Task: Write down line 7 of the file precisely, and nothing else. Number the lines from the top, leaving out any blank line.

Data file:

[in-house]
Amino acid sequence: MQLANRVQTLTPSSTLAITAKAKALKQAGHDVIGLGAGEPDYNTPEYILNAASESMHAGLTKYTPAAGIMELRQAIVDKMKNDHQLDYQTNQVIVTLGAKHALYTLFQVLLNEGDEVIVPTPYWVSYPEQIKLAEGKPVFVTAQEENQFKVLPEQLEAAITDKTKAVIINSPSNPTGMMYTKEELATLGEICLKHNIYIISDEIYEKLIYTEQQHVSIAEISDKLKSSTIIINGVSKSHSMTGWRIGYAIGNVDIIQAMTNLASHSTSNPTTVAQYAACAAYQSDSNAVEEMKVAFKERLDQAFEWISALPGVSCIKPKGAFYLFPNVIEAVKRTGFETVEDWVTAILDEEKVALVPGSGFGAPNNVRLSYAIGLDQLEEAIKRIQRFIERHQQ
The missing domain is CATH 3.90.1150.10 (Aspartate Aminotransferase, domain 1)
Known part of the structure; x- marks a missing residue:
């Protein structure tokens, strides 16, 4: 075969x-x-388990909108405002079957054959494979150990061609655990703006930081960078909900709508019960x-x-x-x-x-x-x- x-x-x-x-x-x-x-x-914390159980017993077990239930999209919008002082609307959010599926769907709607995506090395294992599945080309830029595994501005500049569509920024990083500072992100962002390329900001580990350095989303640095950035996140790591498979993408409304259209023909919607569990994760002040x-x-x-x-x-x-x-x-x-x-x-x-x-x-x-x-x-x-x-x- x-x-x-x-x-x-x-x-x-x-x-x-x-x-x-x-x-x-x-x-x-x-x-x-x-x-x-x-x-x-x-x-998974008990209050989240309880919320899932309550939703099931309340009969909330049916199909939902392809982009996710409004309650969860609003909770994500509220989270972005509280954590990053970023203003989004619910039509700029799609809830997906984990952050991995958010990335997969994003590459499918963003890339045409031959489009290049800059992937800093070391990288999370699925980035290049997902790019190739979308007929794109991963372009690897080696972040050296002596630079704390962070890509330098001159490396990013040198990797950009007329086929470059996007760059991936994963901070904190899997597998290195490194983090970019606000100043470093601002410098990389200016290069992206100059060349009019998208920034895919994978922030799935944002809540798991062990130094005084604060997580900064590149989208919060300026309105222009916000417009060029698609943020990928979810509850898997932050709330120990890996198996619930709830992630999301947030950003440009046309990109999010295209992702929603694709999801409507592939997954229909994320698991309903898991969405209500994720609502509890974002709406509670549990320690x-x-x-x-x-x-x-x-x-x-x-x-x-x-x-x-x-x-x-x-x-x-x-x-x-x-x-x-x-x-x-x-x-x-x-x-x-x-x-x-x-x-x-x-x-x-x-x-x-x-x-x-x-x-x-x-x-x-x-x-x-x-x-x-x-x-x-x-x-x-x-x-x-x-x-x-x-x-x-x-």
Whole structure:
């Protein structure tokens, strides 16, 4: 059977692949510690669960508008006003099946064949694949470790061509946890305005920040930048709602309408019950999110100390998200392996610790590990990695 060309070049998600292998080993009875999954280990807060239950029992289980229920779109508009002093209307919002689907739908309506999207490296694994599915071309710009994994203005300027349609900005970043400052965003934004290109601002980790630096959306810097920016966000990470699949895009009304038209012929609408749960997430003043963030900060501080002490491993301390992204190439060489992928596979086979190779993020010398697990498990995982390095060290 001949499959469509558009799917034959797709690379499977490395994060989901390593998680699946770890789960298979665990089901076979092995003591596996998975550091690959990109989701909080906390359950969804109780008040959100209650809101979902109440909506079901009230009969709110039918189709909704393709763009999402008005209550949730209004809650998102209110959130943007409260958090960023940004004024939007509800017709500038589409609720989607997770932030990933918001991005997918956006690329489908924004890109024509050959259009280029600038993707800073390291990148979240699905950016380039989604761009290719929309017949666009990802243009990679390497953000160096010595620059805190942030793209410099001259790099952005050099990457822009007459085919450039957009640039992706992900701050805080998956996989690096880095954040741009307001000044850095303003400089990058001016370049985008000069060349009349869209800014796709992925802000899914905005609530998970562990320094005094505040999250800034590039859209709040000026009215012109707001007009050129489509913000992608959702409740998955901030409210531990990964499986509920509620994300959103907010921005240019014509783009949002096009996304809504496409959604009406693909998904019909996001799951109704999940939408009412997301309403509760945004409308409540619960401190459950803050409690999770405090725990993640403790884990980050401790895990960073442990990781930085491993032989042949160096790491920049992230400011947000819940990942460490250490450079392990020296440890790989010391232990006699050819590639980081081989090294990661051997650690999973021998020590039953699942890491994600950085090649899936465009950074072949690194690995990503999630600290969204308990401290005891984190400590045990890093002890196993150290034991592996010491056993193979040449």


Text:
């Protein structure tokens, strides 16, 4: 059977692949510690669960508008006003099946064949694949470790061509946890305005920040930048709602309408019950999110100390998200392996610790590990990695 060309070049998600292998080993009875999954280990807060239950029992289980229920779109508009002093209307919002689907739908309506999207490296694994599915071309710009994994203005300027349609900005970043400052965003934004290109601002980790630096959306810097920016966000990470699949895009009304038209012929609408749960997430003043963030900060501080002490491993301390992204190439060489992928596979086979190779993020010398697990498990995982390095060290 001949499959469509558009799917034959797709690379499977490395994060989901390593998680699946770890789960298979665990089901076979092995003591596996998975550091690959990109989701909080906390359950969804109780008040959100209650809101979902109440909506079901009230009969709110039918189709909704393709763009999402008005209550949730209004809650998102209110959130943007409260958090960023940004004024939007509800017709500038589409609720989607997770932030990933918001991005997918956006690329489908924004890109024509050959259009280029600038993707800073390291990148979240699905950016380039989604761009290719929309017949666009990802243009990679390497953000160096010595620059805190942030793209410099001259790099952005050099990457822009007459085919450039957009640039992706992900701050805080998956996989690096880095954040741009307001000044850095303003400089990058001016370049985008000069060349009349869209800014796709992925802000899914905005609530998970562990320094005094505040999250800034590039859209709040000026009215012109707001007009050129489509913000992608959702409740998955901030409210531990990964499986509920509620994300959103907010921005240019014509783009949002096009996304809504496409959604009406693909998904019909996001799951109704999940939408009412997301309403509760945004409308409540619960401190459950803050409690999770405090725990993640403790884990980050401790895990960073442990990781930085491993032989042949160096790491920049992230400011947000819940990942460490250490450079392990020296440890790989010391232990006699050819590639980081081989090294990661051997650690999973021998020590039953699942890491994600950085090649899936465009950074072949690194690995990503999630600290969204308990401290005891984190400590045990890093002890196993150290034991592996010491056993193979040449």